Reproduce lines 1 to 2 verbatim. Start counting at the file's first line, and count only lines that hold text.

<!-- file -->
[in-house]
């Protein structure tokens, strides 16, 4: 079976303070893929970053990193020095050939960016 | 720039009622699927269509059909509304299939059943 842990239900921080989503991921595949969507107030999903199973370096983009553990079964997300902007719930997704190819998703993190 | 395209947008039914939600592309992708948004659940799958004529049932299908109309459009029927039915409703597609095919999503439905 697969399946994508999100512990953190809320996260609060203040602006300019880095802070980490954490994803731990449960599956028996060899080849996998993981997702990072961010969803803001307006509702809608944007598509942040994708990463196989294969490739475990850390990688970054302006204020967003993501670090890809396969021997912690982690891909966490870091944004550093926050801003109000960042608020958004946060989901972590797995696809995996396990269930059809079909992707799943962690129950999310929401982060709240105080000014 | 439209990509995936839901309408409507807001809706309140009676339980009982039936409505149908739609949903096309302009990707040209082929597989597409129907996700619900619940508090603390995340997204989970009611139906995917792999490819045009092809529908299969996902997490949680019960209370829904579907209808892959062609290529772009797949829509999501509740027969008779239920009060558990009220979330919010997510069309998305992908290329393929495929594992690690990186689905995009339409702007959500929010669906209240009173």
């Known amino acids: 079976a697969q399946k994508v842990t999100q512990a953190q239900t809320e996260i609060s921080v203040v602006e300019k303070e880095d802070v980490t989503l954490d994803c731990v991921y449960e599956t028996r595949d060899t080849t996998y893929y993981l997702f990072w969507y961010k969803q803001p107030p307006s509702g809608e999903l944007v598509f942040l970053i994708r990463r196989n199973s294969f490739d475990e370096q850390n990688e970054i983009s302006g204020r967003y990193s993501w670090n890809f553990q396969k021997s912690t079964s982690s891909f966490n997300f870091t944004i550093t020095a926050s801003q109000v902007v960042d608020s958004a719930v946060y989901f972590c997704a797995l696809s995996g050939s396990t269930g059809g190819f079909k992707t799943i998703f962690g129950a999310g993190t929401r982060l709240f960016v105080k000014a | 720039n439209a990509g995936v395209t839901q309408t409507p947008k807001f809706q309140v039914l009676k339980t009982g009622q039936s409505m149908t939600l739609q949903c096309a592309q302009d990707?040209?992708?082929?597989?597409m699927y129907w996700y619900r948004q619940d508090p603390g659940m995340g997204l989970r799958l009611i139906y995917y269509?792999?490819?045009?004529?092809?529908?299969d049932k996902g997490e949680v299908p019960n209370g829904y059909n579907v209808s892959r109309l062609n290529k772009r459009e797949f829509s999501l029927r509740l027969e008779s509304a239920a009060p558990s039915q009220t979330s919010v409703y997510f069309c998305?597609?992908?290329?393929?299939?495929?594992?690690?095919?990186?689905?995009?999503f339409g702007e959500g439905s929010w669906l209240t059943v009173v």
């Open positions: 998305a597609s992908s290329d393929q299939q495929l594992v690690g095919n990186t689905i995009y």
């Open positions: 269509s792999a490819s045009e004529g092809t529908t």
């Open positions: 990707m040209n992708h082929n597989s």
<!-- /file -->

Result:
[in-house]
């Protein structure tokens, strides 16, 4: 079976303070893929970053990193020095050939960016 | 720039009622699927269509059909509304299939059943 842990239900921080989503991921595949969507107030999903199973370096983009553990079964997300902007719930997704190819998703993190 | 395209947008039914939600592309992708948004659940799958004529049932299908109309459009029927039915409703597609095919999503439905 697969399946994508999100512990953190809320996260609060203040602006300019880095802070980490954490994803731990449960599956028996060899080849996998993981997702990072961010969803803001307006509702809608944007598509942040994708990463196989294969490739475990850390990688970054302006204020967003993501670090890809396969021997912690982690891909966490870091944004550093926050801003109000960042608020958004946060989901972590797995696809995996396990269930059809079909992707799943962690129950999310929401982060709240105080000014 | 439209990509995936839901309408409507807001809706309140009676339980009982039936409505149908739609949903096309302009990707040209082929597989597409129907996700619900619940508090603390995340997204989970009611139906995917792999490819045009092809529908299969996902997490949680019960209370829904579907209808892959062609290529772009797949829509999501509740027969008779239920009060558990009220979330919010997510069309998305992908290329393929495929594992690690990186689905995009339409702007959500929010669906209240009173």